UPDATE VTech, a company that manufactures electronic learning devices, baby monitors, toys, and other equipment, announced Monday that information from five million customer accounts, which include identity information belonging to children, were accessed in an attack earlier this month.
The news follows up a statement from the company late last week that attackers had infiltrated one of its databases and accessed customer information.
According to a press release the Hong Kong-based company issued on Friday, the database contains users names, email addresses, encrypted passwords, IP addresses, mailing addresses, and download history. The database also includes customers’ password retrieval information, including “secret questions” and responses.
On Monday the company provided more information about the breach and confirmed the database that was accessed also includes children’s names, genders, and birth dates. VTech did not clarify what percentage of the information that was leaked pertained to children.
In a FAQ the company claims that information from users based in the United States, Canada, United Kingdom, Republic of Ireland, France, Germany, Spain, Belgium, the Netherlands, Denmark, Luxembourg, Latin America, Hong Kong, China, Australia and New Zealand may be affected.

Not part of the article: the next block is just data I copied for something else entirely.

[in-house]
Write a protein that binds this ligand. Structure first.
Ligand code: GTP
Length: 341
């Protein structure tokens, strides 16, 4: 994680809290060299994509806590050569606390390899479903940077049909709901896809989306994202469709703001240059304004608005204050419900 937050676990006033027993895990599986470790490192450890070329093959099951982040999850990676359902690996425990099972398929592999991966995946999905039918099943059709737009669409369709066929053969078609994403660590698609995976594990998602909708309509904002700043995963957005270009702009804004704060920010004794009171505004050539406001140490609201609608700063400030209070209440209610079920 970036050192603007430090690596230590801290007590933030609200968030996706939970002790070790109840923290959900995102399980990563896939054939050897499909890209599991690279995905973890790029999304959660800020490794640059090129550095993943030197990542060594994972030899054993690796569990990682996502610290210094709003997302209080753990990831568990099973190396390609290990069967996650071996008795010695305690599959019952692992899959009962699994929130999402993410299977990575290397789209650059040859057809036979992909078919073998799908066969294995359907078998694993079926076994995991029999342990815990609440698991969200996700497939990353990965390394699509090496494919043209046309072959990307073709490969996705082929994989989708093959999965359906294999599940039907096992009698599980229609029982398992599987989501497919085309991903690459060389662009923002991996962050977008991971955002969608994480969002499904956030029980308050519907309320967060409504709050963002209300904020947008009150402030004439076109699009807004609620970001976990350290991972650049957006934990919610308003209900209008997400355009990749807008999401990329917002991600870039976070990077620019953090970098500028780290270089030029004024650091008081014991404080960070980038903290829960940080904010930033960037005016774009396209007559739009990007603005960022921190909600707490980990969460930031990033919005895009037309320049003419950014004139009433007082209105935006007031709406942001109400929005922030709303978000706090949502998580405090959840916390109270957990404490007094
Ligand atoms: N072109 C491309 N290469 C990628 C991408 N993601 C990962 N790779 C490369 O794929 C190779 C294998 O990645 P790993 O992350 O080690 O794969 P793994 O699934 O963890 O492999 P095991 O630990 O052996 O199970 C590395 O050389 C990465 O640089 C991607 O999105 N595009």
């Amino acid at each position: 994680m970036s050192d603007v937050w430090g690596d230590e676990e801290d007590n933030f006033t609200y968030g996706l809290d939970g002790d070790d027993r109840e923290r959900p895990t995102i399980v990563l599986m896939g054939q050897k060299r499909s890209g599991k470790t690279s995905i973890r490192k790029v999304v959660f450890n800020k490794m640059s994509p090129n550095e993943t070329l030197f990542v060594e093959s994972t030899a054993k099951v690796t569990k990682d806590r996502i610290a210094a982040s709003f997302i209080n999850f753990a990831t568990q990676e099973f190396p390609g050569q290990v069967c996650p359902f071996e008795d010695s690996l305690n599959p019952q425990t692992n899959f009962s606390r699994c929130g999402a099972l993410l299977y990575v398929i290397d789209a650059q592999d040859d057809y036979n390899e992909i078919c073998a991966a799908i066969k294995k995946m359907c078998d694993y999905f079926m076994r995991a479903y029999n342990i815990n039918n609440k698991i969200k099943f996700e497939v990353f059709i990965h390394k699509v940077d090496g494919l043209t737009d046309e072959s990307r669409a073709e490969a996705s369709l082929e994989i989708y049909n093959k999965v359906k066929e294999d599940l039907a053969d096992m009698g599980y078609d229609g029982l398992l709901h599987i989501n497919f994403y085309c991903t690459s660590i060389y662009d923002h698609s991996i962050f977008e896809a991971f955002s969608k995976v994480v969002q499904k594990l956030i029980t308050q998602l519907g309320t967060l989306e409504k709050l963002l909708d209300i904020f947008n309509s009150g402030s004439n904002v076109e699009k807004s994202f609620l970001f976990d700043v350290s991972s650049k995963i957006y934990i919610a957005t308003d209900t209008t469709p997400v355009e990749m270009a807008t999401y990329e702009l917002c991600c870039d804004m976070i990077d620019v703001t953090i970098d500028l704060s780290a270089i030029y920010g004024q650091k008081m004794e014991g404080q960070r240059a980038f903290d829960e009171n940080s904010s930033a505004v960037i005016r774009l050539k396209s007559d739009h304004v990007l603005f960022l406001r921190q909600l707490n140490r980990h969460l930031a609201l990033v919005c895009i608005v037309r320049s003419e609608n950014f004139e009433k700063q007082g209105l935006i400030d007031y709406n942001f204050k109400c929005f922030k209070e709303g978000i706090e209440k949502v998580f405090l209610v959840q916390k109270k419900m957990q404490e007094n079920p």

According to Vice’s Motherboard, the attacker got more personally identifiable information than just names and addresses.
The hacker was also able to download more than 190 gigabytes of photos, including tens of thousands of headshots of parents and children. In addition to photos the attacker also was able to find audio recordings of children and chat logs that were being stored in a database associated with Kid Connect, a service the company runs that allows parents to communicate with children.
VTech has yet to release a statement about the leaked photos, audio recordings, or chat logs.
Ironically the news falls on a day when thousands of parents will likely purchase a VTech toy for their children for Christmas as part of “Cyber Monday,” a day trumpeted by online retailers worldwide that serves as the kick off for the online Christmas shopping season.
It’s unclear exactly how an attacker was able to penetrate the database, but according to VTech, the company claims it noticed on Nov. 14 “irregular activity” on a site it runs, Learning Lodge, that corresponds to the database. VTech claims it was notified of the issue by a Canadian journalist a week ago, on Nov. 23.
VTech has temporarily suspended the site and a dozen similar sites while it sorts out the breach.
Prior to the site’s shuttering, parents could log into the company’s Learning Lodge and download games, apps, and music for tablets and other devices. Parents could also track their child’s progress on games and other educational apps.
For what it’s worth, the company insists the databases did not contain any user credit card information, and that any purchases customers made through the site were done via a third party payment gateway. Regardless VTech claims its reached out to every account holder in its database, via email, to alert them of the breach while it continues its investigation.